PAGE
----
This however was a whole different issue. So I hit google again, this time finding some very useful information. Apparently Dapper ships with the bcm43xx module of it’s own that interferes with ndiswrapper. The answer:
rmmod ndiswrapper rmmod bcm43xx ndiswrapper -m modprobe ndiswrapper
BOMSHAKALAKA! My wlan0 just got associated!
iwconfig wla0 ifup wlan0
I’m online kids! Me and Internet 1, Dapper 0. Wohoo! Me and Internet make a good team. Oh yeah! I conquered the machine once again. Ph34r the awesome power of the human intellect (and the ocean of information diarrhea and monkey piss that is the internet).
You just need to remember to add the following line to your /etc/modprobe.d/blacklists to prevent the bcm43xx driver from loading at startup:
If you omit this step, the system will load the driver next time you boot, rendering ndiswrapper useless once again, and forcing you to repeat the rmmod and modprobe steps once again. Once you do this, it’s smooth sailing.
So, Fluxbuntu is working. The base system is running at an acceptable speed. I think both Slax and DSL were performing better. This system just feels slower and more cumbersome. I trimmed it down using sysv-rc-conf and removed all the unnecessary daemons and background processes. This made boot times more tolerable, and made the UI a wee bit more responsive. I’m not sure if I can tweak it down from here, but suggestions are always appreciated. I guess the rest is just choice of software you use on the machine.
The default terminal on Fluxbuntu is Eterm. It is a very pretty and lightweight terminal, with nice scrollbars, it’s own menus and nice backgrounds. It has one drawback though – on my machine it is deadly slow to startup. I don’t know about you but if I can count up to 5 or 6 Mississippi’s before the window even shows up, it’s bad. I need a terminal that is a little bit snappier than this. Fortunately Martin Ankerl did all the legwork for me, and conducted a very extensive Linux terminal speed benchmark. Armed with that document, I found the best match for me: Wterm which combines good startup speeds, with acceptable output rendering. And yes – Wterm actually beats the good old xterm. I’m really happy with it so far. It pops up almost instantly!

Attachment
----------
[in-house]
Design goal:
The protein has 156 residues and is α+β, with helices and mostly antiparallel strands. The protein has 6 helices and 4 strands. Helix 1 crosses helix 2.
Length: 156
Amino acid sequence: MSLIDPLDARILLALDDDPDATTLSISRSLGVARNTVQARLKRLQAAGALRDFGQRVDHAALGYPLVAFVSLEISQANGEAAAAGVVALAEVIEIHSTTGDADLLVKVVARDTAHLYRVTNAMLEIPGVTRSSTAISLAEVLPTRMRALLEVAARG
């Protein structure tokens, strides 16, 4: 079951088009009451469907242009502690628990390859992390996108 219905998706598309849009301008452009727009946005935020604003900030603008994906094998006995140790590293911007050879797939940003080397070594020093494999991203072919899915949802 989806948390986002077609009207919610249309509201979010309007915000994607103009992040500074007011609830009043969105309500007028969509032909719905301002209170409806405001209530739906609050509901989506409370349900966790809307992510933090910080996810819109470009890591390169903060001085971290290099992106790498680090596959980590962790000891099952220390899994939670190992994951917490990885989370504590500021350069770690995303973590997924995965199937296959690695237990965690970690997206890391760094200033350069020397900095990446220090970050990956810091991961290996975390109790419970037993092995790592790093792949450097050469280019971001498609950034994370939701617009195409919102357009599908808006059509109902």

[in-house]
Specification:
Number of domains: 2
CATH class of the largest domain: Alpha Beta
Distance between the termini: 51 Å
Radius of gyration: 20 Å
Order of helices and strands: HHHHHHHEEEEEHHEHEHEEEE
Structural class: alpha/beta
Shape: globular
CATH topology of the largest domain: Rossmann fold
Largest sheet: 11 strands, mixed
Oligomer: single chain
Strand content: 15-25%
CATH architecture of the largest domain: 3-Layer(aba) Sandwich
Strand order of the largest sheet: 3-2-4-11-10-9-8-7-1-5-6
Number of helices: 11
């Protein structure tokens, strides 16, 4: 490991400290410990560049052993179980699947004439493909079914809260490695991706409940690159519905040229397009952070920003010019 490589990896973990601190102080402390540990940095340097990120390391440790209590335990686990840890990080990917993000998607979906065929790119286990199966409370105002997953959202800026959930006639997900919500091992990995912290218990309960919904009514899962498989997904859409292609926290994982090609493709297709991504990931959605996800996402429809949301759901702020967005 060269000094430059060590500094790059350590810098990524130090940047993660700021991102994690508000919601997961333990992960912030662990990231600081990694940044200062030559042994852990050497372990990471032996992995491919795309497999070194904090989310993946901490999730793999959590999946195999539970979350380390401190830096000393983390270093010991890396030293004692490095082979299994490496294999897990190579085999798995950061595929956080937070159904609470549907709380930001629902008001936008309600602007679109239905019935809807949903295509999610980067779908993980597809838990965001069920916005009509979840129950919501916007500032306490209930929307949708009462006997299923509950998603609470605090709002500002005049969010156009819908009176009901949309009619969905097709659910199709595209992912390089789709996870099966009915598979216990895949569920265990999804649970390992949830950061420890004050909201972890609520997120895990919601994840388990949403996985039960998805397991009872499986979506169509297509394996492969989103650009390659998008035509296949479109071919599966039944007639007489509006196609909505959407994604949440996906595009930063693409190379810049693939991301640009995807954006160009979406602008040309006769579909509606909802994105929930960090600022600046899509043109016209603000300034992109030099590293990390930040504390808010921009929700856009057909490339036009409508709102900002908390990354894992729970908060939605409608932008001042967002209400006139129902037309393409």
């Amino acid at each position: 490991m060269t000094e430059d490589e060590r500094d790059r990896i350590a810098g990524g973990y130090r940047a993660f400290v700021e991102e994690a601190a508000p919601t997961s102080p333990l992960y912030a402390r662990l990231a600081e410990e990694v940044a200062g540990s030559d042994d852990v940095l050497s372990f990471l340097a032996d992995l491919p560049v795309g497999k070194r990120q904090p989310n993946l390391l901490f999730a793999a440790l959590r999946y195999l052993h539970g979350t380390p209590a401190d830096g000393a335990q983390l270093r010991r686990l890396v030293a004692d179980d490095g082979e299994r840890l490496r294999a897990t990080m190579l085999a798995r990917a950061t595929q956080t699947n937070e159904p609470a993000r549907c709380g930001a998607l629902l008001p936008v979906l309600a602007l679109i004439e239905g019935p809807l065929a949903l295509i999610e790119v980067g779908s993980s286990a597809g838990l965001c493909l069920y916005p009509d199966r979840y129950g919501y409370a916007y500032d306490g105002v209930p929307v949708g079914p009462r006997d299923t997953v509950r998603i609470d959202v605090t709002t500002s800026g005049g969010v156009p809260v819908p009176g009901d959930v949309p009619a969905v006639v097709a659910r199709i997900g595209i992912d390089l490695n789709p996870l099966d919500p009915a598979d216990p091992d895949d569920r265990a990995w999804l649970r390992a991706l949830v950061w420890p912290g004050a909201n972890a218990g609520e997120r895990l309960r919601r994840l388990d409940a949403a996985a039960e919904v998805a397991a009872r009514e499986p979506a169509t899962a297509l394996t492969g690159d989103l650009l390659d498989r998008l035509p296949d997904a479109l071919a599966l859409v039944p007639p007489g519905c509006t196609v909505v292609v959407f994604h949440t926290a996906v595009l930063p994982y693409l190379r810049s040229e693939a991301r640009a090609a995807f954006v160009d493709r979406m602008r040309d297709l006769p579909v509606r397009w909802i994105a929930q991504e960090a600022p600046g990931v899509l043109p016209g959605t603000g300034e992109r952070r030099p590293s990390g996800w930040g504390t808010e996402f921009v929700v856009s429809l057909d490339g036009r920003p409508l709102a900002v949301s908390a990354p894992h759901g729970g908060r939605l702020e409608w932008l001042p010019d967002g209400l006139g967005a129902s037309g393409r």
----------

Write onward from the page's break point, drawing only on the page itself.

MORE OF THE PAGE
Rox is also very swift as the file manager. I might look for another alternative later on, but so far it is working fine for me. Kazehakase is a whole other story. It is slower than slow. And when I mean slow, I mean Slowpoke Rodriguez slow:
But, here is the thing: this is a 200 MHz machine with 98 MB of RAM and Kazehakase is a gecko based browser. Gecko is a modern rendering engine which eats memory for breakfast, shits all over your swap file, and then wipes itself with your CPU cashe. I don’t think I can make it any faster. In fact, I doubt that there is a modern, full featured browser that can run fast on this hardware. There is always Dillo, but browsing the web with it is bit tedious (OMG, where are my tabz?). Not to mention that you get the retarded version of the web since Dillo is worse than IE at properly rendering CSS.
So if you want speed, you use Dillo and deal with the weird web. If you want functionality, you use Kazehakase and go get some coffee while it starts, and every time you load a bigger page.
All in all, I think this system is acceptable. It is slower than I hoped for, but it’s also fully functional Dapper which means that any packages that I might ever want are there for me to use. This was not the case with Slax and DSL. I’m not sure how much more I can improve the performance. I’m sure that there are at least a few more speed tweaks I could do, but I’m not sure if they will help much. Of course Any suggestions on trimming it down are greatly appreciated. Let me know how do you butcher your *buntu to run fast and I will do it and report the findings. Btw, the stuff I will most likely be using this machine for is for testing, casual web browsing and email. Nothing serious. So anything that is not absolutely essential to web browsing can go.
[tags]fluxbuntu, WPC54G v1.2, ndiswrapper, bcm43xx, dapper, ubuntu dapper, wireless, wifi, wlan0, modprobe[/tags]